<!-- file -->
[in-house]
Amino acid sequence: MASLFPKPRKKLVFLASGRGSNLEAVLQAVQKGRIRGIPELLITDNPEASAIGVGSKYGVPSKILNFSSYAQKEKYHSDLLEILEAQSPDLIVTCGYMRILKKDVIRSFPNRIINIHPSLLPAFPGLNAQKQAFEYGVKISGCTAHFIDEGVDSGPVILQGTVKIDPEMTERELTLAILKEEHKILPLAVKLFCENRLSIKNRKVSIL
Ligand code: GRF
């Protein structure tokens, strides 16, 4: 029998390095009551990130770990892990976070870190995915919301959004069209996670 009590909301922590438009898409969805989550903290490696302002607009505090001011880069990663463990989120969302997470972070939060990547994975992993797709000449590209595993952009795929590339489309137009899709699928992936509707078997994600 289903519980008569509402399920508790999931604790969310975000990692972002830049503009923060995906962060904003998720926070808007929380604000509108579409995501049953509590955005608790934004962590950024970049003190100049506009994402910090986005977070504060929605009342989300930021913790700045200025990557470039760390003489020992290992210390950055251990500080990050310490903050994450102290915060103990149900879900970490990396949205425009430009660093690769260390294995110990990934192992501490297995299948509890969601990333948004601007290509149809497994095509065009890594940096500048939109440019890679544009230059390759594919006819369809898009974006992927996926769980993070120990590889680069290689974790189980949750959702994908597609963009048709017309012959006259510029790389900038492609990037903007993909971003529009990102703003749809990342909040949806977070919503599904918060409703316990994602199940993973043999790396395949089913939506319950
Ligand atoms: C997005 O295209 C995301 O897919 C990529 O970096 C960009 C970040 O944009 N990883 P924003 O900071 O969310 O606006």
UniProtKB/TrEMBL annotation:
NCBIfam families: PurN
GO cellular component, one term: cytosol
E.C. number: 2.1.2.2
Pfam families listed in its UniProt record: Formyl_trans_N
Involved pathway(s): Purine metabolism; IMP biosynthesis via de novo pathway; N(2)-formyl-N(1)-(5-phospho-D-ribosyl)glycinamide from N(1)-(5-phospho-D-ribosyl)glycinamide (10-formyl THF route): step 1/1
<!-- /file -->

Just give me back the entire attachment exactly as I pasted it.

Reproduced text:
[in-house]
Amino acid sequence: MASLFPKPRKKLVFLASGRGSNLEAVLQAVQKGRIRGIPELLITDNPEASAIGVGSKYGVPSKILNFSSYAQKEKYHSDLLEILEAQSPDLIVTCGYMRILKKDVIRSFPNRIINIHPSLLPAFPGLNAQKQAFEYGVKISGCTAHFIDEGVDSGPVILQGTVKIDPEMTERELTLAILKEEHKILPLAVKLFCENRLSIKNRKVSIL
Ligand code: GRF
């Protein structure tokens, strides 16, 4: 029998390095009551990130770990892990976070870190995915919301959004069209996670 009590909301922590438009898409969805989550903290490696302002607009505090001011880069990663463990989120969302997470972070939060990547994975992993797709000449590209595993952009795929590339489309137009899709699928992936509707078997994600 289903519980008569509402399920508790999931604790969310975000990692972002830049503009923060995906962060904003998720926070808007929380604000509108579409995501049953509590955005608790934004962590950024970049003190100049506009994402910090986005977070504060929605009342989300930021913790700045200025990557470039760390003489020992290992210390950055251990500080990050310490903050994450102290915060103990149900879900970490990396949205425009430009660093690769260390294995110990990934192992501490297995299948509890969601990333948004601007290509149809497994095509065009890594940096500048939109440019890679544009230059390759594919006819369809898009974006992927996926769980993070120990590889680069290689974790189980949750959702994908597609963009048709017309012959006259510029790389900038492609990037903007993909971003529009990102703003749809990342909040949806977070919503599904918060409703316990994602199940993973043999790396395949089913939506319950
Ligand atoms: C997005 O295209 C995301 O897919 C990529 O970096 C960009 C970040 O944009 N990883 P924003 O900071 O969310 O606006």
UniProtKB/TrEMBL annotation:
NCBIfam families: PurN
GO cellular component, one term: cytosol
E.C. number: 2.1.2.2
Pfam families listed in its UniProt record: Formyl_trans_N
Involved pathway(s): Purine metabolism; IMP biosynthesis via de novo pathway; N(2)-formyl-N(1)-(5-phospho-D-ribosyl)glycinamide from N(1)-(5-phospho-D-ribosyl)glycinamide (10-formyl THF route): step 1/1